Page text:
Why Infant Carrying Soothes a Baby When Nothing Else Will from Dr. Greg.  Do you have a baby who fusses unless you are carrying him?  “It turns out that carrying an infant triggers a three-way mechanism in the brain that suppresses involuntary muscle movements & struggling while also dramatically reducing the infant’s heart rate.  These changes happen almost immediately.  In fact, this process is such an automatic response to being carried that it could almost be considered a previously undiscovered reflex.”

Image credit: Phaen Din (freedigitalphotos.com)

Wednesday Links: Girls and Body Image

Today I have some great links for your about girls and the development of poor body image.

Tips to Encourage a Positive Body Image in Girls.  Body image shifts dramatically in early elementary school.  The author suggests that what moms say about their own bodies influences their daughters’ attitudes.

The Media and Body Image from WebMD. We all know the media perpetuates the “thin is beautiful” message. This article says we don’t have ban media, but suggests practical ways we can help our daughters look critically at media messages. The article, like the previous one, points out the impact on a daughter of her mother’s attitude toward her own body. This article also warns fathers about how they talk about women in front of girls.

Improving Your Body Image Through Catholic Teaching by Dr. John Acquiva.  A theology of the body approach to improving our perception of our bodies. This book might give parents some tools for talking to a daughter about poor body image.

Exercise Improves Body Image for Fit and Unfit Alike.  Research suggesting that regular exercise, and not the actual level of fitness, improves body image. This article is focused on adults, but it gives us yet another reason to put together a family-centered fitness routine.  AHA! That’s the topic of the Fall 2015 issue of Tender Tidings!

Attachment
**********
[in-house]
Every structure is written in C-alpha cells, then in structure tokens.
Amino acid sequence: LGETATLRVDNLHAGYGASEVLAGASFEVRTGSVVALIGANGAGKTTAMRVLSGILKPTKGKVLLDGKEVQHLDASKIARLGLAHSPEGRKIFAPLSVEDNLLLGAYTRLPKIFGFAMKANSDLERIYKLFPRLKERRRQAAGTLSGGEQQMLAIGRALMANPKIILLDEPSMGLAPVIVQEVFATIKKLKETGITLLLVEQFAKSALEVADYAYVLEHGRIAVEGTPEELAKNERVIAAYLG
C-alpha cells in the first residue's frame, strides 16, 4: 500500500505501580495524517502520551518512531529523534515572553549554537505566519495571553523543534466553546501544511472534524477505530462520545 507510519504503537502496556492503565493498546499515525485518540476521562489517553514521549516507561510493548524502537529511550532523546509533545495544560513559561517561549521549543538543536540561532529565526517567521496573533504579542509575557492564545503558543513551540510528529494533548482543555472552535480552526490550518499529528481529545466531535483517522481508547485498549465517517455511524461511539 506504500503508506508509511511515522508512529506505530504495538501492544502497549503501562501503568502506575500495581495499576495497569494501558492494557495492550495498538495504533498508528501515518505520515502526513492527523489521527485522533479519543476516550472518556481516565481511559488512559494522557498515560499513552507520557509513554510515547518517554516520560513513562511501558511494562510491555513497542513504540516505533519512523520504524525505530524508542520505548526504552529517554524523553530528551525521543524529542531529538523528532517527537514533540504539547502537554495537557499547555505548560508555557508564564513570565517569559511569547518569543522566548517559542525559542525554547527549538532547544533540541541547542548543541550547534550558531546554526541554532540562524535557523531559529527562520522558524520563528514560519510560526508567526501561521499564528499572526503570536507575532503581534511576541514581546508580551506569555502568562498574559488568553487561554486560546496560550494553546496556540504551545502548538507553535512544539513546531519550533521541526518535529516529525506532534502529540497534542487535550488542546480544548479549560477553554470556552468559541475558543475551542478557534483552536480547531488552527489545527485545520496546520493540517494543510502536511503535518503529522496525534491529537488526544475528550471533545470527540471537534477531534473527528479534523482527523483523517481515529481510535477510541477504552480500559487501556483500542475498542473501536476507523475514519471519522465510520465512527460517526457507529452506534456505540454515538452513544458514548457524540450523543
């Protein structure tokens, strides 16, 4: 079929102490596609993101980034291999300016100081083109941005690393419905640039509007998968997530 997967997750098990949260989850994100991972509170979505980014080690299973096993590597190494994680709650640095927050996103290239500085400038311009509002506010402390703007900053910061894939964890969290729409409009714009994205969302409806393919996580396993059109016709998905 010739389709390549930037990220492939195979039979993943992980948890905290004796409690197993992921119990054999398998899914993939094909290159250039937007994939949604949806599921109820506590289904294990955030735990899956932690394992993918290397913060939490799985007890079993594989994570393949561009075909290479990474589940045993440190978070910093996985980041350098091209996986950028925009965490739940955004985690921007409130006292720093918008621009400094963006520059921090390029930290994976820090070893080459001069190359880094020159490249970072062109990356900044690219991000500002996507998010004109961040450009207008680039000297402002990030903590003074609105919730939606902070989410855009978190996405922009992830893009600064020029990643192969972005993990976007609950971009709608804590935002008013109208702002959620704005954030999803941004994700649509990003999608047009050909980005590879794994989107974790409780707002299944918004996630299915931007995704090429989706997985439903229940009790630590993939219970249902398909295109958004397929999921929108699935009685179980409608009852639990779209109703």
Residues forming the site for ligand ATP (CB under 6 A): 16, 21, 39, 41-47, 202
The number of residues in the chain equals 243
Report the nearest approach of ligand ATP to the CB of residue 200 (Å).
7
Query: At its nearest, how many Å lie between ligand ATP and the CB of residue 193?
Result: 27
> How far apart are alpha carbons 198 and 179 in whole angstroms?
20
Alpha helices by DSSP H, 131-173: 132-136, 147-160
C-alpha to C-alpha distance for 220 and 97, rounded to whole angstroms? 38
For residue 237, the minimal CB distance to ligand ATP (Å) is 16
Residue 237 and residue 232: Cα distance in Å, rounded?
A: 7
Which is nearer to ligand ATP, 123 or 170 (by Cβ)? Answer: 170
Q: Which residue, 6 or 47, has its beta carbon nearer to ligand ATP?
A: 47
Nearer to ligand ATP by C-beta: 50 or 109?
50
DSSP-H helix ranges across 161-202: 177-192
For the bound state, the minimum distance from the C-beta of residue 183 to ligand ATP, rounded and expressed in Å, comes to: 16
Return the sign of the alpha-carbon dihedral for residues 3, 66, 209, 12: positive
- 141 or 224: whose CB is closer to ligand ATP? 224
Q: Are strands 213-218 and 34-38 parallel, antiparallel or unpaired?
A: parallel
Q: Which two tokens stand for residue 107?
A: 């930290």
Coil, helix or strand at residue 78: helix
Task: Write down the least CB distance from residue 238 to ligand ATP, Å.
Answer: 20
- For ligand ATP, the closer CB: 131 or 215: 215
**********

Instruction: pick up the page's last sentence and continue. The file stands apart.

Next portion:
Image Credit: Eugene Seergev (dreamstime.com)

Wednesday Links: Strength-Based Parenting

Here’s a good one.  Intentional Catholic parents may be interested in this recent study (published in Psychology) about the benefits of “strength-based parenting”:

“Children are more likely to use their strengths to effectively cope with minor stress in their life if they have parents who adopt a strength-based approach to parenting.  Strength-based parenting is an approach where parents deliberately identify and cultivate positive states, processes and qualities in their children. . . This style of parenting adds a ‘positive filter’ to the way a child reacts to stress. It also limits the likelihood of children using avoidance or aggressive coping responses.” 

What is meant by a positive filter? I believe it’s a parent’s loving verbal intervention when a child is in the early stages of distress or confronted with a demand on their time, abilities, or emotions — a demand that stretches them in some way.  If the child is upset or worried, we can coach our child in responding in a healthy way to their concern, in a manner that draws on their strengths.

This approach contrasts with a parent’s inclination to “fix” their child as if he’s broken or defective, and sending that message to our child even if we don’t intend to do so.

If you’re interested in identifying your child’s strengths more clearly, perhaps you’d enjoy this book by Jenifer Fox: Your Child’s Strengths.  I don’t usually recommend books that I have not read myself, but this seems to be a useful and engaging book about how to think about our children’s strengths.